Public outcry from the deaf community has resurfaced after being “ignored” yet again over requests for an Auslan translator during special broadcast announcements.
Two weeks following the historic marriage equality postal result, frustrations and disappointments still surround the ongoing and unresolved issue.
Deaf Australia, the national peak body representing deaf people have taken aim at Channel Seven, Nine and Ten over the exclusion of a sign-language interpreter in their coverage.
Chief Executive Officer Kyle Miers says the organisation has tried to propose change to federal government legislation to avoid the recurrence of the issue as viewed on 15 November.
“We have been writing letters and making recommendations but they have been ignored,” he says.
The current Broadcasting Services Act 1992 does not recognise a “community service announcement” to be a program needed for captioning.
It does however say; “if it is reasonably practicable to do so—provide a captioning service for the emergency warning.”
In January 2014, Deaf Australia wrote to federal, state and territory governments requesting that they put in place procedures so that authorities automatically include an Auslan interpreter in emergency broadcasts.
This came after members of the deaf community had to contact government authorities to ask for interpreters during the New South Wales bushfire emergency in October 2013.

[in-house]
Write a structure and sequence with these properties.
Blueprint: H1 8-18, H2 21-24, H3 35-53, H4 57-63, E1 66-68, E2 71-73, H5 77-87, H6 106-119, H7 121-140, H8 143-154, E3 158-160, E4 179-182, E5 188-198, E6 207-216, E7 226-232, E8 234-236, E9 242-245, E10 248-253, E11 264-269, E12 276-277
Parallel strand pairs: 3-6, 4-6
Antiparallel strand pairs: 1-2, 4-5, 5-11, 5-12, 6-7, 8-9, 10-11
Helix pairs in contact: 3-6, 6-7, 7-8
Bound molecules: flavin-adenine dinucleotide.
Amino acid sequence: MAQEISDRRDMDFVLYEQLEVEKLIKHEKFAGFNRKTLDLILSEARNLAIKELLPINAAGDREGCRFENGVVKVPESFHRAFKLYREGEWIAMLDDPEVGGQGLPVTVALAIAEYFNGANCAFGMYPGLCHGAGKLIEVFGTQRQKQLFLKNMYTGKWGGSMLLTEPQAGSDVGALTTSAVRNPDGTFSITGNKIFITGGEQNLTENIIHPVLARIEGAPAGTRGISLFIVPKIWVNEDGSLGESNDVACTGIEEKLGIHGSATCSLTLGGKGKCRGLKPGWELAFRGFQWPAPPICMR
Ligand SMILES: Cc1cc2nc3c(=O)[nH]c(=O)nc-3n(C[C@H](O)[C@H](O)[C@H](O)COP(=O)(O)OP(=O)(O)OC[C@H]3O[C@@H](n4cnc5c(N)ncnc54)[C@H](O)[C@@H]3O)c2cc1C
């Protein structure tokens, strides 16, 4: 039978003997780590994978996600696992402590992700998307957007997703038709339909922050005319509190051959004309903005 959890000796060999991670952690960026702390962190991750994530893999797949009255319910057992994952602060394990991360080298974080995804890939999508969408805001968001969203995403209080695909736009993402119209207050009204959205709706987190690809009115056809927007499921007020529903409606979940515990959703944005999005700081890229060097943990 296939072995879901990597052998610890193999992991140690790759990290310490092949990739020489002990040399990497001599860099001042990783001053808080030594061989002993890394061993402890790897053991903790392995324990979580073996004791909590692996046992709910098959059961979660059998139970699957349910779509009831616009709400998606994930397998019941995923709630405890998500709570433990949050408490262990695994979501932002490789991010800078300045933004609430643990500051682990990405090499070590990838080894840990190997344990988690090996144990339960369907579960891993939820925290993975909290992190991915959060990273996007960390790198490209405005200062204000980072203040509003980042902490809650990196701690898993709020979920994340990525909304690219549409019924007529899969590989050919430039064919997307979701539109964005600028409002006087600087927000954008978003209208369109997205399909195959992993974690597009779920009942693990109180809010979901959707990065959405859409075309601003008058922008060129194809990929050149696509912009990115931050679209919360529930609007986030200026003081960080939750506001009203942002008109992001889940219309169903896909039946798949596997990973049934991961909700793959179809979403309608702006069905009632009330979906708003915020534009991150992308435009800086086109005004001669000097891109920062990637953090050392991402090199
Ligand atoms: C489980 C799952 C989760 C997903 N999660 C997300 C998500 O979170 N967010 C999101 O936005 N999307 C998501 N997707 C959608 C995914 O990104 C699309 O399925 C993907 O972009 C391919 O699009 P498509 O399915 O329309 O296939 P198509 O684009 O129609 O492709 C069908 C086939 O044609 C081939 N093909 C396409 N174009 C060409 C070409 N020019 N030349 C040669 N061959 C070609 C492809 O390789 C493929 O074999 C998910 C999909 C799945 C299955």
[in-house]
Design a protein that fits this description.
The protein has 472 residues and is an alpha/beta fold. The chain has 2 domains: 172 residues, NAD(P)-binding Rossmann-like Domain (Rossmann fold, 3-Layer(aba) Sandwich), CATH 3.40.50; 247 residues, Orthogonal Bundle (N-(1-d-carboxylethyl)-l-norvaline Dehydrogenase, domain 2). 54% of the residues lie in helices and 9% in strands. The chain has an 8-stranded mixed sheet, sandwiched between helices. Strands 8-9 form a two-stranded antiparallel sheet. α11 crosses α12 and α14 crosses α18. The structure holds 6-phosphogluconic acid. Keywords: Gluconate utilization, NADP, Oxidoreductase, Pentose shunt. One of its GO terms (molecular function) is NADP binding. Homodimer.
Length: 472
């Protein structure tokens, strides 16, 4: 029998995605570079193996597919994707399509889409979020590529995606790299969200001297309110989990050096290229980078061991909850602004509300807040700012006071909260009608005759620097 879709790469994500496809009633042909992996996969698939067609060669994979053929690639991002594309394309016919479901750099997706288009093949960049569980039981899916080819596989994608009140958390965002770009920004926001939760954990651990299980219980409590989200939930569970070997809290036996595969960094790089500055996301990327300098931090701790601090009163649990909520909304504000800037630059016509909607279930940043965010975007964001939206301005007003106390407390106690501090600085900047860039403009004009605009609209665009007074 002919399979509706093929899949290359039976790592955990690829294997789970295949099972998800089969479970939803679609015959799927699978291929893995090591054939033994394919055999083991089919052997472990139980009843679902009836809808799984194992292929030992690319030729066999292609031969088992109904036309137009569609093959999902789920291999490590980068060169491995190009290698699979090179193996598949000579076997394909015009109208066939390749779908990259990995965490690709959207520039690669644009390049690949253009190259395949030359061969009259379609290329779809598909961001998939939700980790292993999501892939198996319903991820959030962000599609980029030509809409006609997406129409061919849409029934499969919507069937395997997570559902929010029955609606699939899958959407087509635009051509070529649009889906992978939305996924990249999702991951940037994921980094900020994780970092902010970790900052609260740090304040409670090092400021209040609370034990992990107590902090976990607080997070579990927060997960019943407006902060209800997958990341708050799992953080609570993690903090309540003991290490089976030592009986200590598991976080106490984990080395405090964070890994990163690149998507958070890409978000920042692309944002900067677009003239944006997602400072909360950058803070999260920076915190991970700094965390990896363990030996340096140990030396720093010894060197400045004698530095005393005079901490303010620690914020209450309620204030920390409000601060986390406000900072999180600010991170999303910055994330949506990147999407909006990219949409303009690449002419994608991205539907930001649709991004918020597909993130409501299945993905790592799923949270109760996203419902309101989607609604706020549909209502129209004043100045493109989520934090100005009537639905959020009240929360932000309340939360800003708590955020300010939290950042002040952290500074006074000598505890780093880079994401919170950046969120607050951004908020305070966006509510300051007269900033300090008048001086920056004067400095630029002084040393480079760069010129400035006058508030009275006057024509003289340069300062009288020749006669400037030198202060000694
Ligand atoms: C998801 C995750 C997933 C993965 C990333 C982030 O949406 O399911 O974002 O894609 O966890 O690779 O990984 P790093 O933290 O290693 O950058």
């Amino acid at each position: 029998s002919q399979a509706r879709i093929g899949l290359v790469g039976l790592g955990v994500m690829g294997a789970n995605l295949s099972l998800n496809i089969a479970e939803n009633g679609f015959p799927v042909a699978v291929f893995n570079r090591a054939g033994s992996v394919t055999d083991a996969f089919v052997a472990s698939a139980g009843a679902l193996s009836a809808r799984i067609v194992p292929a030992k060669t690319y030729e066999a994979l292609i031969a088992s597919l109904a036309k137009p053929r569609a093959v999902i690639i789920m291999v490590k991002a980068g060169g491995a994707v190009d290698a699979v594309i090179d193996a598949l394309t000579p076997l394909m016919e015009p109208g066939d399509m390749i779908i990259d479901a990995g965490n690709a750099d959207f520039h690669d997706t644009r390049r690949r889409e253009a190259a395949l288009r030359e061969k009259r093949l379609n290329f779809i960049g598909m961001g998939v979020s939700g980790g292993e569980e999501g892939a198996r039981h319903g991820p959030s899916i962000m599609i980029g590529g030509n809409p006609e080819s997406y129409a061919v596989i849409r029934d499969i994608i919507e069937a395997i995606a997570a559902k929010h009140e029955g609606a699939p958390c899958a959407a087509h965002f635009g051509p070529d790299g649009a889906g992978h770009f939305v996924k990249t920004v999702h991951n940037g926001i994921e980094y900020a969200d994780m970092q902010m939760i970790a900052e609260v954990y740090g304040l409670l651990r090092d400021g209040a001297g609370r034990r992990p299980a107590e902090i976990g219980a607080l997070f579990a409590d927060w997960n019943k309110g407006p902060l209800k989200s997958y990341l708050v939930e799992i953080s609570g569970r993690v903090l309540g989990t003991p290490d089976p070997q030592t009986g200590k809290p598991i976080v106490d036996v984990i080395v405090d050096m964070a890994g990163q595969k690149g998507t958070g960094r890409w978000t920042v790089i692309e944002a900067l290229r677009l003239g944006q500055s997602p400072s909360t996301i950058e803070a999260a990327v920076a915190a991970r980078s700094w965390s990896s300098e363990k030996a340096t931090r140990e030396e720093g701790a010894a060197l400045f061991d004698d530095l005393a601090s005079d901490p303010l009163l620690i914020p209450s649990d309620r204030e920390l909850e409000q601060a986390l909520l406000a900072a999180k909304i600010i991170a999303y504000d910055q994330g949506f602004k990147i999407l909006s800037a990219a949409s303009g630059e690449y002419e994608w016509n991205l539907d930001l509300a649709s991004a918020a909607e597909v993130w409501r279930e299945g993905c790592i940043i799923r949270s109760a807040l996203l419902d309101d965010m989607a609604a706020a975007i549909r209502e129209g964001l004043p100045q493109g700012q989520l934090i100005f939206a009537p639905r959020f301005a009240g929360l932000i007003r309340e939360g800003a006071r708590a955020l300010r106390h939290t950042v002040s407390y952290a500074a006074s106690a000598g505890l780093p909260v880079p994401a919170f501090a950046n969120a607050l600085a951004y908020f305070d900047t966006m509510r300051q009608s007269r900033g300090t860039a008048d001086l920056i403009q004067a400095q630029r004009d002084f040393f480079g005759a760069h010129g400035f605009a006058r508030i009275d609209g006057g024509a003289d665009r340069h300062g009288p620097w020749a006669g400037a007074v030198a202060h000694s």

Mr Miers says Deaf Australia who have continued to advocate for Auslan on television do receive feedback on their proposals but “most of them were not positive”.
“This is a recurring issue but the television networks don’t see the value of it,” he says.
Their most recent appeals regarding the marriage equality poll result coverage drew a response letter from Nine Entertainment Co.
After making clear their ongoing commitment to catering for their hearing impaired audience, Nine’s Chief Executive Officer Hugh Marks wrote:
“Due to the emotion of the issue, the reaction of the crowds was a matter of public interest and an extremely important component of the news coverage.”
“Unfortunately, in order to show this vision it was necessary to restrict the footage of the announcement itself to the government statistician delivering the result.”
Mr Marks concluded the letter by stating Auslan interpreters will be used “when practicable”.
Channel Seven and Ten are yet to respond with Deaf Australia unsure over a overall resolution.